Xurkitree is a revival of Aegislash-EX by nature. They both share the same defensive Ability, and thus will probably be used in the same way. In some ways, Xurkitree is actually a bit better than Aegislash because of its new GX Attack. Lightning GX adds a card from your opponent's hand to their Prizes, forcing a 7-Prize game - which could technically be an 8-Prize game if you use just Pokemon-GX attackers.
 
 
 

Thursday, September 28, 2017

Deck Highlight: Gardevoir-GX

As most of you know by now, I'm not what I would consider a 'Pokemon TCG pro' - in fact, I think just about everybody who actually reads what I write is more qualified than I am. I have practically no writing talent, little experience in the competitive Pokemon TCG field, and an embarrassingly small fanbase. Realistically, I'm probably the last person you should ask for TCG advice.
 
And yet here you are reading this.
 
Well, since I haven't done a proper analysis of the new Pokemon metagame yet, I figured I should finally get around to that. Y'know, get up to speed on what's playable, figure out the popular archetypes, go-to techs - stuff like that. I'll do a quick rundown of every popular deck right now, analyze why they run so well, and then highlight any potential benefits that they could receive from the new Crimson Invasion and Shining Legends sets later this year.
 
I'll be writing up quick posts about popular decks as they come and go every week. Most (if not all) of these will be on the topic of decks that are either currently good or are set to become good in the future. I may even cover rogue decks or goofy gimmick decks - heck, YOU can recommend a deck to me and I'll do an overview of it, too!
 
Anyway, today I'm gonna cover Gardy, since she's arguably the most popular deck right now.
 
 
Deck: Gardevoir-GX
 
Primary Cards: Gardevoir-GX, Gallade BKT
 
Secondary Cards: Octillery BKT, Alolan Vulpix GRI, Sylveon-GX, Diancie BRS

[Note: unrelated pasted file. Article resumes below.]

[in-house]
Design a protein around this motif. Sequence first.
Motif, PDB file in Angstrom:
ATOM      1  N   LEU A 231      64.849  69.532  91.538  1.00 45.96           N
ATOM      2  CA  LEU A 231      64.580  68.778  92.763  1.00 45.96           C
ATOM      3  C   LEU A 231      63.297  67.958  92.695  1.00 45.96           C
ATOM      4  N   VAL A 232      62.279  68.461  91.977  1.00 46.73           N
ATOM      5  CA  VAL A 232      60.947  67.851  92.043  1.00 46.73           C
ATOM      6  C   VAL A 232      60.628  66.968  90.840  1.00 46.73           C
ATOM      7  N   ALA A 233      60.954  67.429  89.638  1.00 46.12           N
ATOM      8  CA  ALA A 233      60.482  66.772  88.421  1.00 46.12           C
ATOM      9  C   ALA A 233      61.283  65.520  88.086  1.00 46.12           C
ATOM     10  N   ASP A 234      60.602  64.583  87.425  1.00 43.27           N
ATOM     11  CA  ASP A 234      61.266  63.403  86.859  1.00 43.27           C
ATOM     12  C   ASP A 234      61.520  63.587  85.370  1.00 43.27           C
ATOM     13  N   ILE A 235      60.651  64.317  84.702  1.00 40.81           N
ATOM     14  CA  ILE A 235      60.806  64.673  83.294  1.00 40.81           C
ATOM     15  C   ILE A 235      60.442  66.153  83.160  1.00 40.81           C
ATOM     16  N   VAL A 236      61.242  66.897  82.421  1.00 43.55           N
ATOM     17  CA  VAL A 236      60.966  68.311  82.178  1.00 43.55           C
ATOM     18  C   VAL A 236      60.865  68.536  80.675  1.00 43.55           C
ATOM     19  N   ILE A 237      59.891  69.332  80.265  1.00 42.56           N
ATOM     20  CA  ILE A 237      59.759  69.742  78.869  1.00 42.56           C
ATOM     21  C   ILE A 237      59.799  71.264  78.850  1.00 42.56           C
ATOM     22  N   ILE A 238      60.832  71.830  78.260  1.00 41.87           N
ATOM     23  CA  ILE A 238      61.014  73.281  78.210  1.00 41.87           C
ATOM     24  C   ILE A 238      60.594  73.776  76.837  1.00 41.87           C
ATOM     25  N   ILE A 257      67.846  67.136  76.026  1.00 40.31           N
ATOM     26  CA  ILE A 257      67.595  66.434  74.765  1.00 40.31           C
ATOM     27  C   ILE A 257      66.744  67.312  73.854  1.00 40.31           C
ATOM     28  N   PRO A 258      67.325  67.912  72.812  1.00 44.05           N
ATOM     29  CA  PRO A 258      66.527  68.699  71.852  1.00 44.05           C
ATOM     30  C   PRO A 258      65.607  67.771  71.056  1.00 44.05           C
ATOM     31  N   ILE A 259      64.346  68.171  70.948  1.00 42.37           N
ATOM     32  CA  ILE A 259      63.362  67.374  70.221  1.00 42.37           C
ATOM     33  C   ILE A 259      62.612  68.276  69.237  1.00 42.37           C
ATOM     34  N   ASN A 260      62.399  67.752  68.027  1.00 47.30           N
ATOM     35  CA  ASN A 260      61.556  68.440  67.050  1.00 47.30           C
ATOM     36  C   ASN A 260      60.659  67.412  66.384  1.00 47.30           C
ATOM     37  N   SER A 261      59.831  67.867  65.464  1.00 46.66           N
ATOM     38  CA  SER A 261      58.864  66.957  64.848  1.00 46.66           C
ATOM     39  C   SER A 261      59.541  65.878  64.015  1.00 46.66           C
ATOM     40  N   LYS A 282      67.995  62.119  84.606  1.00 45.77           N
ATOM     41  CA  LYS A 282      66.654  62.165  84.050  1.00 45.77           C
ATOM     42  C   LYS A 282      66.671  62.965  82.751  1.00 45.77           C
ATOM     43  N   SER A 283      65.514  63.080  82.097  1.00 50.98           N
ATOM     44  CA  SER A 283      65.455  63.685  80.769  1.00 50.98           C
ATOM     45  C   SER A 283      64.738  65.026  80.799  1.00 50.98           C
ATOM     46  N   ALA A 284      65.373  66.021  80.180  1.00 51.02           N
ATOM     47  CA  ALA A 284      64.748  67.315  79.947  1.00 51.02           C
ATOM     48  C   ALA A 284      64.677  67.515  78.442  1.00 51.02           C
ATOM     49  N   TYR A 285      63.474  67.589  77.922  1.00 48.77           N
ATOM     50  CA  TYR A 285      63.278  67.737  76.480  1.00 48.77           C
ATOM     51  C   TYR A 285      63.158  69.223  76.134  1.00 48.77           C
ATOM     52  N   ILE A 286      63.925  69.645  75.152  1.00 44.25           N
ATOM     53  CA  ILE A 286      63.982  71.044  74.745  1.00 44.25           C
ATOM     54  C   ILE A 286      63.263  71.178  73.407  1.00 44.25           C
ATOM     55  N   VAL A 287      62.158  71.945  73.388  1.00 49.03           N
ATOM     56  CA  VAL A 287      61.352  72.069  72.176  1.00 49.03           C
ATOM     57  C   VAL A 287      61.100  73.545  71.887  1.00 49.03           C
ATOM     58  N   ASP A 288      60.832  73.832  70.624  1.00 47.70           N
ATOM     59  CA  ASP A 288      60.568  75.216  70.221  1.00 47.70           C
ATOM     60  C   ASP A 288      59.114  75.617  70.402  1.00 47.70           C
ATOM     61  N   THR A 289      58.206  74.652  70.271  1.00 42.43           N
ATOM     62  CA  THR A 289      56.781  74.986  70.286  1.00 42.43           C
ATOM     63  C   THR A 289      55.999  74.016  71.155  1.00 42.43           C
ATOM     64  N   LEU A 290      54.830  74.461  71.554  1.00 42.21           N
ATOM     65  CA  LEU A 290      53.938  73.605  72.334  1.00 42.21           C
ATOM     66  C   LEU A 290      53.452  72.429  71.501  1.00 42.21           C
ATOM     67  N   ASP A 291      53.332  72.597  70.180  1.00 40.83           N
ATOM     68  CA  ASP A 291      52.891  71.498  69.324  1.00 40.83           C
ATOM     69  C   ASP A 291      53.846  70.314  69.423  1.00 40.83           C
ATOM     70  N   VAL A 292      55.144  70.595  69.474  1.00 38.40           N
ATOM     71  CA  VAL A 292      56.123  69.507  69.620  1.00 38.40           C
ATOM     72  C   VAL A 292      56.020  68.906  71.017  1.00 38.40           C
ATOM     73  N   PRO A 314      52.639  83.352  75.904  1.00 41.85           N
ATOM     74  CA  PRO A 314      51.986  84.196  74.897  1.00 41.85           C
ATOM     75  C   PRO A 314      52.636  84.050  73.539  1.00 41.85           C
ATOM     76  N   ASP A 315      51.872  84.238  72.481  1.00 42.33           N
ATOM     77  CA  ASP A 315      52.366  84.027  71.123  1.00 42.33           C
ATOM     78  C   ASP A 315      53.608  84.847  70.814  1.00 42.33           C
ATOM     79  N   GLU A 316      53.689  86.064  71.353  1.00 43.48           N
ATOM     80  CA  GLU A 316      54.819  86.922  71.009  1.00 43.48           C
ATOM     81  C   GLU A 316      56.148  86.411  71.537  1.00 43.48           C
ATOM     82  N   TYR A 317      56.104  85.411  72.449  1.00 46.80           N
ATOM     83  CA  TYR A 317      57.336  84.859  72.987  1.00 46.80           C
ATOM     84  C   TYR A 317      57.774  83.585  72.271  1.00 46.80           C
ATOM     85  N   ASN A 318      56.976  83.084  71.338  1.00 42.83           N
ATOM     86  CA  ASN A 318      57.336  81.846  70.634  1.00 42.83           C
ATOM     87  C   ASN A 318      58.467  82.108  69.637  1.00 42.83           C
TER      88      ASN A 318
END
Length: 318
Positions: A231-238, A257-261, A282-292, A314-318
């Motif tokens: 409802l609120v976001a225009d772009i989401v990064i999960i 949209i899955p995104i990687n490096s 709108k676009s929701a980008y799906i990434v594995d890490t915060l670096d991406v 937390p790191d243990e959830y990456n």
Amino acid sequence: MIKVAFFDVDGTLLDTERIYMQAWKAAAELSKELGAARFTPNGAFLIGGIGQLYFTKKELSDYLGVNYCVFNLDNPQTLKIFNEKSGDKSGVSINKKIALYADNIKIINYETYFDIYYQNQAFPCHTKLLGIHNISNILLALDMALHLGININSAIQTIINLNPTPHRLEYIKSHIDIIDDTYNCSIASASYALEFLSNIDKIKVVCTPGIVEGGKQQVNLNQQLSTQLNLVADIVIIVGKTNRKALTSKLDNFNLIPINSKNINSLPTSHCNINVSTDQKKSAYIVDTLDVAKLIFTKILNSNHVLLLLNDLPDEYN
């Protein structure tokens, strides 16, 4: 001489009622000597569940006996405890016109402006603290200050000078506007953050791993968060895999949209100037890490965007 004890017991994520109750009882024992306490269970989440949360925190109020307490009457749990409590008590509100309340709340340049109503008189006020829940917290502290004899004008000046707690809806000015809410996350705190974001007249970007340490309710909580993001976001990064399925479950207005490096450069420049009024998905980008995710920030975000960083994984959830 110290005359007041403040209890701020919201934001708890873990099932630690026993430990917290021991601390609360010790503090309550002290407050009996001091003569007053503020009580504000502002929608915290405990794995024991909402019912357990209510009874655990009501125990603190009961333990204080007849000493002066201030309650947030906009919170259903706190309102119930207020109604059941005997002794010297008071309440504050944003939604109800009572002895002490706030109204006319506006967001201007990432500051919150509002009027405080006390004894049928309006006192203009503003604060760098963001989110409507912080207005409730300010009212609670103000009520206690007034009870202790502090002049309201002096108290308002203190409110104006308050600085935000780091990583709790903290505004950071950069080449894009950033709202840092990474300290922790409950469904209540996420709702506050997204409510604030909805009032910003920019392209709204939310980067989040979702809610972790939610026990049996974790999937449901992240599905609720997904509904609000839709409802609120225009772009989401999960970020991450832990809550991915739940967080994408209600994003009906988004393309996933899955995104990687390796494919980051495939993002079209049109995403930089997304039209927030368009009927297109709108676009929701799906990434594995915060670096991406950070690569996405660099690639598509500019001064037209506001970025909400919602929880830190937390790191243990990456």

Main Function: Set up an army of Gardevoir-GX as fast as you can, spill Energy into play with Secret Spring, then swing for high numbers with Infinite Force. Gallade can set up strong draws and provide Type coverage. Various combinations of Octillery, Vulpix, Sylveon and/or Diancie are used to help support these attackers.
 
Why it works:
 
Gardevoir can be best described as a stronger version of Mega Mewtwo-EX from last season: It has more HP, doesn't require a Spirit Link, can power itself up quicker with its built-in Ability, and has a strong bonus GX attack. It's the textbook example of taking an already-strong deck and making it even better.
       Gardevoir's Twilight GX is also a strong deciding factor in why it's so good. Garbodor GRI would ordinarily have a crazy-good matchup against this deck, but Gardy's Twilight gives it the chance to stop a Trashalanche before it hits. With no fear of Garbodor, a Gardy deck can be built with as many Item cards as its user pleases.
 
Problems:
 
Gardy's high reliance on Evolution Pokemon and low-HP Basic Pokemon is an issue when played against decks with anti-Evolution techs. Snipe attacks like Decidueye-GX's Feather Arrow and Tapu Koko SM-P's Flying Flip can severely punish NFE Pokemon on your side of the field. Po Town can also leave your Evolutions with a dent once they're put into play.
        Gardy's Metal Weakness also leads to a terrible matchup against Metagross-GX. A Metagross with three Energy will kill Gardevoir AND Gallade every time. The matchup isn't absolutely impossible, but the natural disadvantage certainly defines it as the most troublesome one out there.
 
Benefits from future sets:
 
Zoroark-GX will be a fantastic replacement for Octillery: It has a stronger Ability AND an attack that you can actually use. There's almost no reason not to play this over the 'squid.
Miltank from Crimson Invasion also has a neat recovery Ability that has perfect synergy with Secret Spring. When Active, Miltank's Ability heals 90 damage from a Pokemon whenever an Energy is attached to it from the hand. You can attach once by hand and then once again with Secret Spring to heal 180 in a single turn!
 
Overall Tier Rank: Tier 1